My.EOU Portal Current Students Faculty/Staff
“So we’re just standing there looking at each other, holding more than double our body weights in our hands. We got 30 seconds in and she’s looking strong, then all of a sudden at about 40 seconds she dropped it.”
Ashlee Munsey, ’10, ’11, held onto her 375-pound metal frame for about a minute before she claimed victory as lightweight women’s champion of the national Strongman competition last fall.
Her husband Andy, ’12, who also competes in Strongman events, and her sister ran out onto the floor to congratulate Munsey. She said the face-off tiebreaker made her win extra sweet.
“In 2016, I finished second and missed a pro card, in 2017 I went to a different competition and missed out on my pro card by half a point,” Munsey said. “That’s why I didn’t want to let go. It was a really awesome moment.”
The pro card Munsey finally earned is a ticket to the next level of competition in Strongman events. She started competing as a novice before entering open events four years ago.
“You can win money as a pro,” Munsey said, “But I’ll probably never break even with what it costs to go to the competitions.”
Munsey played basketball at EOU and was a thrower on the track team. After college, she was on the lookout for a competitive outlet. She accompanied her husband to the Strongman nationals in 2014 and after finishing a marathon that same year, decided to give the sport a try.
“I dreaded getting up to run, but I had always enjoyed lifting,” Munsey said.
She placed second in her debut competition, sandwiched between two national champions in first and third. She had found her sport.
Munsey’s weekdays begin at 4 a.m., when she and Andy get up for their morning workout. Three days a week they head to their backyard gym to do squats, deadlifts, and other strength training for a couple of hours before they both go to work at Munsey’s other alma mater, North Central High School in Spokane.
Now in her eighth year at NCHS, Munsey teaches math to teens who she said would probably never suspect her hobby.
“Most people picture really giant human beings when they think of Strongman, but if you saw me on the street you wouldn’t guess that I can deadlift 400 pounds,” she said
On Saturdays the Munseys spend several hours working with more unusual equipment, including farmer’s handles, a yoke, giant concrete spheres called atlas stones, and even an actual log from a tree in their yard. Cardio, nutrition and a lot of recovery fill the rest of their days.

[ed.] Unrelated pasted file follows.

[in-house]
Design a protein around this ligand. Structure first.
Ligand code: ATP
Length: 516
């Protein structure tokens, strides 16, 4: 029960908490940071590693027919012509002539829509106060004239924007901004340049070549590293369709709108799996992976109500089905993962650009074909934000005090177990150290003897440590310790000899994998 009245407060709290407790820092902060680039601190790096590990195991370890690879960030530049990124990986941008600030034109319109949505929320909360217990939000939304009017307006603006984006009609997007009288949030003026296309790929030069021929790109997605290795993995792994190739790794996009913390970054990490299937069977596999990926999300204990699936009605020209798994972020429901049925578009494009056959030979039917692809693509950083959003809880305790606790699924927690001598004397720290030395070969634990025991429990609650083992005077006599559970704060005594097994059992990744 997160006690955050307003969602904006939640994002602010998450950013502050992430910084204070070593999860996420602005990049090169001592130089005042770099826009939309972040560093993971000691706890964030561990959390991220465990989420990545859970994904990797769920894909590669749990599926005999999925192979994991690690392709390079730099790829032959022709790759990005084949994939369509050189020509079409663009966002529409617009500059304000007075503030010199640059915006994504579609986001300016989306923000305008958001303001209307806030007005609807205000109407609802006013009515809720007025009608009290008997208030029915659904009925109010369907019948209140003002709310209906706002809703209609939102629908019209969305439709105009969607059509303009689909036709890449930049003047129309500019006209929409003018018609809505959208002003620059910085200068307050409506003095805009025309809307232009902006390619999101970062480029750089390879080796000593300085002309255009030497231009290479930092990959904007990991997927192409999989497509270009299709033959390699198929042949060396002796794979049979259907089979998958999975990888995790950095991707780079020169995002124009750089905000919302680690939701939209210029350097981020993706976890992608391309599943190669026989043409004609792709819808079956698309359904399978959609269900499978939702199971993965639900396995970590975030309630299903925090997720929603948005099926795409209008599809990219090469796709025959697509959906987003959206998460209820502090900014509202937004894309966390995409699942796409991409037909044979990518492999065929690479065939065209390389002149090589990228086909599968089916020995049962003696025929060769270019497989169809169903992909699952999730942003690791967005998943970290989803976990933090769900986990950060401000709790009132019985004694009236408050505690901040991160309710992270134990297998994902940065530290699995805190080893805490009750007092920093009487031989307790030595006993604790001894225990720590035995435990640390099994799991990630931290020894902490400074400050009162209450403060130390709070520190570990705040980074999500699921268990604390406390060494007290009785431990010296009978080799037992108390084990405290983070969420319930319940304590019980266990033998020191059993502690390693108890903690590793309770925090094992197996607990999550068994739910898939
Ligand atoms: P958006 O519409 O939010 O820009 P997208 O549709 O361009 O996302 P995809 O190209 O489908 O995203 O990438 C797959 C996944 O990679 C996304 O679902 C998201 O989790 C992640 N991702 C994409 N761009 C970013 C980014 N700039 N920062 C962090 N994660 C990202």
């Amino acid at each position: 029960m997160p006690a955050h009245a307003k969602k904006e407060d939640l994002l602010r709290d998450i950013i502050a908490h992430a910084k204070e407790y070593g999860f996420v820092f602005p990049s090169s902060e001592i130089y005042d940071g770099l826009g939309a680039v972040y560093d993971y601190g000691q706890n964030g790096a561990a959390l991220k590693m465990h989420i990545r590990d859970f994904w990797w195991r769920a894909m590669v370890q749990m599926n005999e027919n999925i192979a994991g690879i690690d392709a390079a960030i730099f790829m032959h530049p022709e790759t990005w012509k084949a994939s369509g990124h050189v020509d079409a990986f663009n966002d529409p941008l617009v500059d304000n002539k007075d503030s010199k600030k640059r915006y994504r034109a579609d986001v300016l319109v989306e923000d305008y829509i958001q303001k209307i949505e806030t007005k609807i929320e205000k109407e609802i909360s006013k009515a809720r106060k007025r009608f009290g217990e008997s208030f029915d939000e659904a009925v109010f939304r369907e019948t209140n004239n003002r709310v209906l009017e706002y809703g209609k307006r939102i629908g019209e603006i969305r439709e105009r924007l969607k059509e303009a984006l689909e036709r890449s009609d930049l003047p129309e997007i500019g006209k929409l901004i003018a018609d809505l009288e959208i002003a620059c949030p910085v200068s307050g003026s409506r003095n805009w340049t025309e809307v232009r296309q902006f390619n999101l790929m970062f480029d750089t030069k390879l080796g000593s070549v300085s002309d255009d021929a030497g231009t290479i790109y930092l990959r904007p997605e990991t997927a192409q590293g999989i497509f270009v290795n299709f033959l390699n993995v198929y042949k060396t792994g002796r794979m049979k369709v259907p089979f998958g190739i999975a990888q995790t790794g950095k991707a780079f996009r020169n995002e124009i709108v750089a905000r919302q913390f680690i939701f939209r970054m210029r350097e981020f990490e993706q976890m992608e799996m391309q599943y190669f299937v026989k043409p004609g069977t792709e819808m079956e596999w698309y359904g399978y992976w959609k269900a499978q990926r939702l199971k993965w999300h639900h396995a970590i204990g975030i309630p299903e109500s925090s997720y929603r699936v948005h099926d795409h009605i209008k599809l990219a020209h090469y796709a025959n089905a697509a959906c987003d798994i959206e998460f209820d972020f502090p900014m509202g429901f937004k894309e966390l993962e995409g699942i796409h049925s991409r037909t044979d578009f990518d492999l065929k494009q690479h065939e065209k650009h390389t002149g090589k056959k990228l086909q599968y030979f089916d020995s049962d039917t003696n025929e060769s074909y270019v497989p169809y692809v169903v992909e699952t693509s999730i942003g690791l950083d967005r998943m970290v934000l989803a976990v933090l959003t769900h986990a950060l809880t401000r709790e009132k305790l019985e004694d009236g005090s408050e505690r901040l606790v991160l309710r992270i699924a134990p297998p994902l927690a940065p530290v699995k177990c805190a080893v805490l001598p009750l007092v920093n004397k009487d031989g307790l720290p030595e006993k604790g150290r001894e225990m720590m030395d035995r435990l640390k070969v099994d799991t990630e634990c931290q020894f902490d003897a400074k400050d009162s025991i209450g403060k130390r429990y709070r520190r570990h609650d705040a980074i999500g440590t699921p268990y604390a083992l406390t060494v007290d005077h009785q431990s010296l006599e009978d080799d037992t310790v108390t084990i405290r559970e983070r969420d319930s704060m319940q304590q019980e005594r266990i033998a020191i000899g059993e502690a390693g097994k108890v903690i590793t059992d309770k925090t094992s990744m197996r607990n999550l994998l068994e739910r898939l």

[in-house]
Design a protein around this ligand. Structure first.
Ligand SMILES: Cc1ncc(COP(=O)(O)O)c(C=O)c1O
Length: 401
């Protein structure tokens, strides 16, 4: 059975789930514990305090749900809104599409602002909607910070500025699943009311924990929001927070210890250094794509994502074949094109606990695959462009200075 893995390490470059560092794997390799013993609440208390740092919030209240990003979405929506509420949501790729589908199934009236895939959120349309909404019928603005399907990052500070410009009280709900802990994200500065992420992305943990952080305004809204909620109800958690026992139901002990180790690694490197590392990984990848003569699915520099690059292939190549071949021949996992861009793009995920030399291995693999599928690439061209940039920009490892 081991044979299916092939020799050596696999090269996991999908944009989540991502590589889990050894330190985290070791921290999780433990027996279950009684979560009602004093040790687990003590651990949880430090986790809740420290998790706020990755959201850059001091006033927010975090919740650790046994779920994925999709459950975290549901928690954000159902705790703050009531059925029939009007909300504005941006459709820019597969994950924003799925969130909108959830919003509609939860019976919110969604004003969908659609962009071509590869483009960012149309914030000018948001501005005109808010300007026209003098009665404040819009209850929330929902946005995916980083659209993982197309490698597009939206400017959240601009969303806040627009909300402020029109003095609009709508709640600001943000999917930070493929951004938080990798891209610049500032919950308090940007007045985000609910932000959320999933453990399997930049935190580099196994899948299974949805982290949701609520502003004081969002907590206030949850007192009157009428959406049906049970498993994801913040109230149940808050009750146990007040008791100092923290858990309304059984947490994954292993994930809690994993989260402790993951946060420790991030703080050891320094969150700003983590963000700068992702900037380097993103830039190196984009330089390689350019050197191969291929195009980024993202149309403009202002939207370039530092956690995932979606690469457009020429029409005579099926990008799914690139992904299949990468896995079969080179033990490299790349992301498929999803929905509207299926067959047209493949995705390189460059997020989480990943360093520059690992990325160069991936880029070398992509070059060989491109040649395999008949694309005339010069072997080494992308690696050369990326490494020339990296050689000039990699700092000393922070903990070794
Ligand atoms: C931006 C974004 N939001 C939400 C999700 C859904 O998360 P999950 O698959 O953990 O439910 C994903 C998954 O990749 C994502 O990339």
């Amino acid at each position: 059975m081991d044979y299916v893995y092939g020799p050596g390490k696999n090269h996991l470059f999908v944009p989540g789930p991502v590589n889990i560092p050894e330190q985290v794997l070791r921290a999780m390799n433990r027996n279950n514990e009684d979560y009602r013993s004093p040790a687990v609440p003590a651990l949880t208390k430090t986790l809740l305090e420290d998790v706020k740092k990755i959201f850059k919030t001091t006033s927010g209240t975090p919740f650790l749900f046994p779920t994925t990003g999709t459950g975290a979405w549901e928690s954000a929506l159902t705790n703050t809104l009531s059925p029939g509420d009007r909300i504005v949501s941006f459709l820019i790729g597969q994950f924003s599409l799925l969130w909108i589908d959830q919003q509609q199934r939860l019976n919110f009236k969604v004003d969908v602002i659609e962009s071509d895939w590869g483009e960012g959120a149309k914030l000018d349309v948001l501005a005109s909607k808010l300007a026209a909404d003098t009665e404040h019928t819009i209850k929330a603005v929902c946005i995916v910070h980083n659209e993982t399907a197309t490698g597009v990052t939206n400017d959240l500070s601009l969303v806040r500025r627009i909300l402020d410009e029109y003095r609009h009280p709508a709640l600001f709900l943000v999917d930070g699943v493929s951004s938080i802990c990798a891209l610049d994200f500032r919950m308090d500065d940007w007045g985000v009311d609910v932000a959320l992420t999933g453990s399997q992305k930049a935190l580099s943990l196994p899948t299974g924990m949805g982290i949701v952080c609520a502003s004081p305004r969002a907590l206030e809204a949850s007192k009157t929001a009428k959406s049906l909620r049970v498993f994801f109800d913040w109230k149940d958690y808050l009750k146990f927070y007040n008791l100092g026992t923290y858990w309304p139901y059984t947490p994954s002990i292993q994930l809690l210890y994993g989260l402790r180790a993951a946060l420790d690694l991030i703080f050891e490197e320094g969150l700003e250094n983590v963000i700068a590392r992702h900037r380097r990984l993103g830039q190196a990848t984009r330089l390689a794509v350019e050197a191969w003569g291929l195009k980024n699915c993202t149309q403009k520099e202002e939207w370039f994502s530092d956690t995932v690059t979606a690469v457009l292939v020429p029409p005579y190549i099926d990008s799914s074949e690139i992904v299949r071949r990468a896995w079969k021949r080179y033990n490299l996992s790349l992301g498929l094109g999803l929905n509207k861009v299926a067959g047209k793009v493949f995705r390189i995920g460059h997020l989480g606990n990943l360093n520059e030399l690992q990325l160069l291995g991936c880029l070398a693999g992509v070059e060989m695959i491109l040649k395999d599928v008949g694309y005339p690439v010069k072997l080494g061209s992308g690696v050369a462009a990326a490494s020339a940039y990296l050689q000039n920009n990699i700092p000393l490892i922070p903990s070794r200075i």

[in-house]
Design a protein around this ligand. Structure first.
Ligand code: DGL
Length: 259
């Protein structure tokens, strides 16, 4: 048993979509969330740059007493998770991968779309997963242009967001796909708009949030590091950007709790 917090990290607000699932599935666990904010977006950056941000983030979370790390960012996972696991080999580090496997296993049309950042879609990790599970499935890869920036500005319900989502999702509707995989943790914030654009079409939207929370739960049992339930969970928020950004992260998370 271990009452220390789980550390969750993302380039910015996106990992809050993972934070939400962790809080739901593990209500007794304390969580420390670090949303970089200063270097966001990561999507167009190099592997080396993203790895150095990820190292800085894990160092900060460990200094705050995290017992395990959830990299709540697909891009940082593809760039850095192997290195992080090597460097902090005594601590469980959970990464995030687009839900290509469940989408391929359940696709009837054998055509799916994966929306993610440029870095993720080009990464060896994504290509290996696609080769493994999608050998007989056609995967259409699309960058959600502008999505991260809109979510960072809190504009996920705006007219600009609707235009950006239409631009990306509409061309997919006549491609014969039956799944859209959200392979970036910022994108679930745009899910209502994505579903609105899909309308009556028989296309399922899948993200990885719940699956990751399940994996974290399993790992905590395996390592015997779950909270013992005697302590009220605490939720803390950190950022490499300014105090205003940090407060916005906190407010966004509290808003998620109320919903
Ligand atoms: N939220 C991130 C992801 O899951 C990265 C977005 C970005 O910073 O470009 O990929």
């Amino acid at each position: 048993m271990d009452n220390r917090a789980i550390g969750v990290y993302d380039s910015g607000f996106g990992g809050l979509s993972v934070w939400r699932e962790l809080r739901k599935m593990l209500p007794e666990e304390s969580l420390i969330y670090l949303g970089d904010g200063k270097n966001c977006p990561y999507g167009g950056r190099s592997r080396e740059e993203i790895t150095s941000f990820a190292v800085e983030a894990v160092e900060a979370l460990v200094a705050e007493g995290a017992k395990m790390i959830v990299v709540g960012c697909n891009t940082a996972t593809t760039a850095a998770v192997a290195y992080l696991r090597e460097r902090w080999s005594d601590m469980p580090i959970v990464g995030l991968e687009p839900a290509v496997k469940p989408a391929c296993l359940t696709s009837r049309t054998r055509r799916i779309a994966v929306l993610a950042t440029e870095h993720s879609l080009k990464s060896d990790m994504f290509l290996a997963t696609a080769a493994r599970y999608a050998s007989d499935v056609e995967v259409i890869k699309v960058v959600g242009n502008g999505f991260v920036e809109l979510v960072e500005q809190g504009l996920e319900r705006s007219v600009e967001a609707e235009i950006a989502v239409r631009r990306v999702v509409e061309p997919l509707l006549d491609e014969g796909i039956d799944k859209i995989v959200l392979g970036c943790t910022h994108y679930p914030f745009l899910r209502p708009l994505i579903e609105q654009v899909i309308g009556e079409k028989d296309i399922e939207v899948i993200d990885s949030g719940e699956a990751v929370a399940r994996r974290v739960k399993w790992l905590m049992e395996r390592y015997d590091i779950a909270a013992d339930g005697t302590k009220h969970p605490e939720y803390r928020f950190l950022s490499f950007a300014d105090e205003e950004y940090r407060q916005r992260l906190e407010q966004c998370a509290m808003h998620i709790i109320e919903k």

Their commitment is paying off. Andy finished seventh at nationals in 2018, a personal best. Munsey’s win this year was her fourth appearance at amateur nationals.
Along the way, Munsey continues to advocate Strongman as an entry point for inexperienced weightlifters.
“You can do more than you think,” she said. “People are a little intimidated at first, but it’s a sport that’s easy to enter and it’s a really friendly environment.”
Munsey recently got an endorsement to teach P.E., and hopes to introduce a women’s weightlifting class at her high school in the fall.
“It’s an opportunity to show girls that there’s a lot to gain in the weight room, and you do belong there,” she said. “Every day is an opportunity to get stronger, every day you can make progress — even if it’s just one more rep or 2 more pounds.”
Points are awarded for how many people you surpass in each event. Since there were 23 women competing in the lightweight category, Ashlee earned 23 points for each first-place finish. Second place earns 22 points, third gets 21, etc.
Axle Clean & Press
Lift the 140-pound bar to shoulder height, and then raise it overhead as many times as possible in a minute.
Ashlee finished in the middle of the pack with 10 reps.
Stand in the middle of a 440-pound metal frame, pick it up and carry it 60 feet as fast as possible.
Ashlee won with 9.78 seconds.
Pick up a 375-pound frame as many times as possible in a minute. The handles are slightly bigger so it’s harder to grip.
Ashlee won with 16 reps and finished Day 1 in second place, behind the leader by just half a point.
Circus Dumbbell Press
Lift a giant 85-pound dumbbell to shoulder height, and then raise it overhead with one arm and return it to the floor as many times as possible in a minute.
Ashlee tied for sixth with 9 reps, and was down 4 points going into the final event.
Block Carry: Pick up a weighted metal box, carry it 30 feet, set it on a mat and sprint back.
Duck Walk: Stand over a 150-pound stack of weights with bar through the middle, grab it and waddle 30 feet as fast as possible.
Sled Pull: Use a rope to pull a 200-pound sled arm-over-arm 30 feet.
Ashlee placed second in the medley, tying for first overall with 98.5 points.
Lift a 375-pound frame off the ground and hold for as long as possible.
Ashlee won, holding the frame for about a minute total.
« Crossing the finish line | A winning team »